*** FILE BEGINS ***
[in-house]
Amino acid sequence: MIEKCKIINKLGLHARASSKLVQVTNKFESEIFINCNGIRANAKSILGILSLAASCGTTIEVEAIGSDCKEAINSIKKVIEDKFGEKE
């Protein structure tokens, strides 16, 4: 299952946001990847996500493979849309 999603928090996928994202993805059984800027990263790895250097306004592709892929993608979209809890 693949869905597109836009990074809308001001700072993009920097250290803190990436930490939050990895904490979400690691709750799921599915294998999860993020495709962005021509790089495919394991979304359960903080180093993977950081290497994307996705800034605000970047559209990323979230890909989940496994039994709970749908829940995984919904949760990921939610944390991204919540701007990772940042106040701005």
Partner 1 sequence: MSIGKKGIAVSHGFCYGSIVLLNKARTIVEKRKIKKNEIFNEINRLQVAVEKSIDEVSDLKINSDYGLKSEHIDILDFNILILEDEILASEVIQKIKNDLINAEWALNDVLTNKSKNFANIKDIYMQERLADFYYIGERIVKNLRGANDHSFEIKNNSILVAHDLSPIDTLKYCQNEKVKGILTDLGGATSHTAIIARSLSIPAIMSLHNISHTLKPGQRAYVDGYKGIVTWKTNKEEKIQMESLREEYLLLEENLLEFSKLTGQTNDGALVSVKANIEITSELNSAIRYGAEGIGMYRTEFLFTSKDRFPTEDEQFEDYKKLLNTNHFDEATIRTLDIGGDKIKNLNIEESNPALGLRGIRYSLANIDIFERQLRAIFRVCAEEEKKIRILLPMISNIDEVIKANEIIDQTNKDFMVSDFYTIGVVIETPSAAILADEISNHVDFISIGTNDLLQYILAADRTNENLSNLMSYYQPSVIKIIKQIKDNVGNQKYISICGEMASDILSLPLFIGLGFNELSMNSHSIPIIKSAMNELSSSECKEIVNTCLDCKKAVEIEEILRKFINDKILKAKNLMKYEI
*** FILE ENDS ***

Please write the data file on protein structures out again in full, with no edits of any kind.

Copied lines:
[in-house]
Amino acid sequence: MIEKCKIINKLGLHARASSKLVQVTNKFESEIFINCNGIRANAKSILGILSLAASCGTTIEVEAIGSDCKEAINSIKKVIEDKFGEKE
């Protein structure tokens, strides 16, 4: 299952946001990847996500493979849309 999603928090996928994202993805059984800027990263790895250097306004592709892929993608979209809890 693949869905597109836009990074809308001001700072993009920097250290803190990436930490939050990895904490979400690691709750799921599915294998999860993020495709962005021509790089495919394991979304359960903080180093993977950081290497994307996705800034605000970047559209990323979230890909989940496994039994709970749908829940995984919904949760990921939610944390991204919540701007990772940042106040701005």
Partner 1 sequence: MSIGKKGIAVSHGFCYGSIVLLNKARTIVEKRKIKKNEIFNEINRLQVAVEKSIDEVSDLKINSDYGLKSEHIDILDFNILILEDEILASEVIQKIKNDLINAEWALNDVLTNKSKNFANIKDIYMQERLADFYYIGERIVKNLRGANDHSFEIKNNSILVAHDLSPIDTLKYCQNEKVKGILTDLGGATSHTAIIARSLSIPAIMSLHNISHTLKPGQRAYVDGYKGIVTWKTNKEEKIQMESLREEYLLLEENLLEFSKLTGQTNDGALVSVKANIEITSELNSAIRYGAEGIGMYRTEFLFTSKDRFPTEDEQFEDYKKLLNTNHFDEATIRTLDIGGDKIKNLNIEESNPALGLRGIRYSLANIDIFERQLRAIFRVCAEEEKKIRILLPMISNIDEVIKANEIIDQTNKDFMVSDFYTIGVVIETPSAAILADEISNHVDFISIGTNDLLQYILAADRTNENLSNLMSYYQPSVIKIIKQIKDNVGNQKYISICGEMASDILSLPLFIGLGFNELSMNSHSIPIIKSAMNELSSSECKEIVNTCLDCKKAVEIEEILRKFINDKILKAKNLMKYEI